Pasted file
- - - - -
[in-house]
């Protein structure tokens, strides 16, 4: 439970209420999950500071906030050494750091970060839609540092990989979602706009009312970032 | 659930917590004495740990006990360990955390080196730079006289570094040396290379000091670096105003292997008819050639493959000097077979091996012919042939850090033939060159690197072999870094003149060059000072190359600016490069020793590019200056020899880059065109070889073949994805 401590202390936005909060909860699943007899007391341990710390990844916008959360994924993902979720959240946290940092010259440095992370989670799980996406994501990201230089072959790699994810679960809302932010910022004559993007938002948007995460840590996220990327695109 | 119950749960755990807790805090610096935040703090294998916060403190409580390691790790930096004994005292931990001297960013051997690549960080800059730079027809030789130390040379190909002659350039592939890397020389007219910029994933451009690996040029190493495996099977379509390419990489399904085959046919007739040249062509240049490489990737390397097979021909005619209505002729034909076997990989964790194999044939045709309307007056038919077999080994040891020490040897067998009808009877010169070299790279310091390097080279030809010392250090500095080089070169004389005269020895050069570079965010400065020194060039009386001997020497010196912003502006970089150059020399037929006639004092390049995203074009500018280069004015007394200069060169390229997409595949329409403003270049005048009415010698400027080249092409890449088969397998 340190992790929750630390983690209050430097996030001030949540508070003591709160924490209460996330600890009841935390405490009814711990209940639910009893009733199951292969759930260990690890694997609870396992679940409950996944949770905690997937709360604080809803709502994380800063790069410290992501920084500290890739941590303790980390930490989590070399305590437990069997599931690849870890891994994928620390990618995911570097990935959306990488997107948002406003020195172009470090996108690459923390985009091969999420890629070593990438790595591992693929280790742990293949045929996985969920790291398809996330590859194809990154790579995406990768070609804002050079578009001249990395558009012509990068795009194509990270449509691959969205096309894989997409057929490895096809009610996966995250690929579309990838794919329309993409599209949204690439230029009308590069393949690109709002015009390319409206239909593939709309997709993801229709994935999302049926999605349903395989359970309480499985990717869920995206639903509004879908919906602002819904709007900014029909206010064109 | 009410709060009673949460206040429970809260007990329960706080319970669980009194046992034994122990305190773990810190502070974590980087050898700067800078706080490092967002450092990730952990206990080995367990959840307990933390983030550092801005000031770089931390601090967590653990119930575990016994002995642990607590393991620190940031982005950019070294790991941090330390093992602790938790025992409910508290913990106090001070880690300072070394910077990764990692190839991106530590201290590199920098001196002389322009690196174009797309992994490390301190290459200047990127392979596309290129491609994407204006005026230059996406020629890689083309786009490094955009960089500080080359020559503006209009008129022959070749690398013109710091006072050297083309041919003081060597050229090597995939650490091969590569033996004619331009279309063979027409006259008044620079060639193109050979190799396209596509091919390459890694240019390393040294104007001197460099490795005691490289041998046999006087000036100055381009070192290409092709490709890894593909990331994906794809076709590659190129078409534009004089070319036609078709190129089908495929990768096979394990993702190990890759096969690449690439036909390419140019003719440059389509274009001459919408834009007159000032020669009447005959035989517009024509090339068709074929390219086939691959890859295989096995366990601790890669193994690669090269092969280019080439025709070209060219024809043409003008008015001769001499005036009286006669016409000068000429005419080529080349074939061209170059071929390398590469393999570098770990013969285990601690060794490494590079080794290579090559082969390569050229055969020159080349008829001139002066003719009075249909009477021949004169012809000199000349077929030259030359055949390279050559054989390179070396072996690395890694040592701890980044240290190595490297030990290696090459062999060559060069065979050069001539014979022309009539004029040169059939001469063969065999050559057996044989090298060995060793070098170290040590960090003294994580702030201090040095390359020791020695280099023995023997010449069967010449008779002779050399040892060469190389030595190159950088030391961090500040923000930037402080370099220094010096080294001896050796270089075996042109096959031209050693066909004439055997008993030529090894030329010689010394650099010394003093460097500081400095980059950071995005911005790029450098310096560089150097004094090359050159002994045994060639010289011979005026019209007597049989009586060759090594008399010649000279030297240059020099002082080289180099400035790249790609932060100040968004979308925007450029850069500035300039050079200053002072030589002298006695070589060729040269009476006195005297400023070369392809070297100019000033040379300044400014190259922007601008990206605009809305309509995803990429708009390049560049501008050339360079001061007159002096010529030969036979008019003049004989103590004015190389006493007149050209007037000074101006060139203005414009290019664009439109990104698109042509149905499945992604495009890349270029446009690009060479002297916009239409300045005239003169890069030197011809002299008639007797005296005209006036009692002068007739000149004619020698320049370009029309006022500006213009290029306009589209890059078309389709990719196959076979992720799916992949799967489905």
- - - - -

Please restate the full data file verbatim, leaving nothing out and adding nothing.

[in-house]
């Protein structure tokens, strides 16, 4: 439970209420999950500071906030050494750091970060839609540092990989979602706009009312970032 | 659930917590004495740990006990360990955390080196730079006289570094040396290379000091670096105003292997008819050639493959000097077979091996012919042939850090033939060159690197072999870094003149060059000072190359600016490069020793590019200056020899880059065109070889073949994805 401590202390936005909060909860699943007899007391341990710390990844916008959360994924993902979720959240946290940092010259440095992370989670799980996406994501990201230089072959790699994810679960809302932010910022004559993007938002948007995460840590996220990327695109 | 119950749960755990807790805090610096935040703090294998916060403190409580390691790790930096004994005292931990001297960013051997690549960080800059730079027809030789130390040379190909002659350039592939890397020389007219910029994933451009690996040029190493495996099977379509390419990489399904085959046919007739040249062509240049490489990737390397097979021909005619209505002729034909076997990989964790194999044939045709309307007056038919077999080994040891020490040897067998009808009877010169070299790279310091390097080279030809010392250090500095080089070169004389005269020895050069570079965010400065020194060039009386001997020497010196912003502006970089150059020399037929006639004092390049995203074009500018280069004015007394200069060169390229997409595949329409403003270049005048009415010698400027080249092409890449088969397998 340190992790929750630390983690209050430097996030001030949540508070003591709160924490209460996330600890009841935390405490009814711990209940639910009893009733199951292969759930260990690890694997609870396992679940409950996944949770905690997937709360604080809803709502994380800063790069410290992501920084500290890739941590303790980390930490989590070399305590437990069997599931690849870890891994994928620390990618995911570097990935959306990488997107948002406003020195172009470090996108690459923390985009091969999420890629070593990438790595591992693929280790742990293949045929996985969920790291398809996330590859194809990154790579995406990768070609804002050079578009001249990395558009012509990068795009194509990270449509691959969205096309894989997409057929490895096809009610996966995250690929579309990838794919329309993409599209949204690439230029009308590069393949690109709002015009390319409206239909593939709309997709993801229709994935999302049926999605349903395989359970309480499985990717869920995206639903509004879908919906602002819904709007900014029909206010064109 | 009410709060009673949460206040429970809260007990329960706080319970669980009194046992034994122990305190773990810190502070974590980087050898700067800078706080490092967002450092990730952990206990080995367990959840307990933390983030550092801005000031770089931390601090967590653990119930575990016994002995642990607590393991620190940031982005950019070294790991941090330390093992602790938790025992409910508290913990106090001070880690300072070394910077990764990692190839991106530590201290590199920098001196002389322009690196174009797309992994490390301190290459200047990127392979596309290129491609994407204006005026230059996406020629890689083309786009490094955009960089500080080359020559503006209009008129022959070749690398013109710091006072050297083309041919003081060597050229090597995939650490091969590569033996004619331009279309063979027409006259008044620079060639193109050979190799396209596509091919390459890694240019390393040294104007001197460099490795005691490289041998046999006087000036100055381009070192290409092709490709890894593909990331994906794809076709590659190129078409534009004089070319036609078709190129089908495929990768096979394990993702190990890759096969690449690439036909390419140019003719440059389509274009001459919408834009007159000032020669009447005959035989517009024509090339068709074929390219086939691959890859295989096995366990601790890669193994690669090269092969280019080439025709070209060219024809043409003008008015001769001499005036009286006669016409000068000429005419080529080349074939061209170059071929390398590469393999570098770990013969285990601690060794490494590079080794290579090559082969390569050229055969020159080349008829001139002066003719009075249909009477021949004169012809000199000349077929030259030359055949390279050559054989390179070396072996690395890694040592701890980044240290190595490297030990290696090459062999060559060069065979050069001539014979022309009539004029040169059939001469063969065999050559057996044989090298060995060793070098170290040590960090003294994580702030201090040095390359020791020695280099023995023997010449069967010449008779002779050399040892060469190389030595190159950088030391961090500040923000930037402080370099220094010096080294001896050796270089075996042109096959031209050693066909004439055997008993030529090894030329010689010394650099010394003093460097500081400095980059950071995005911005790029450098310096560089150097004094090359050159002994045994060639010289011979005026019209007597049989009586060759090594008399010649000279030297240059020099002082080289180099400035790249790609932060100040968004979308925007450029850069500035300039050079200053002072030589002298006695070589060729040269009476006195005297400023070369392809070297100019000033040379300044400014190259922007601008990206605009809305309509995803990429708009390049560049501008050339360079001061007159002096010529030969036979008019003049004989103590004015190389006493007149050209007037000074101006060139203005414009290019664009439109990104698109042509149905499945992604495009890349270029446009690009060479002297916009239409300045005239003169890069030197011809002299008639007797005296005209006036009692002068007739000149004619020698320049370009029309006022500006213009290029306009589209890059078309389709990719196959076979992720799916992949799967489905």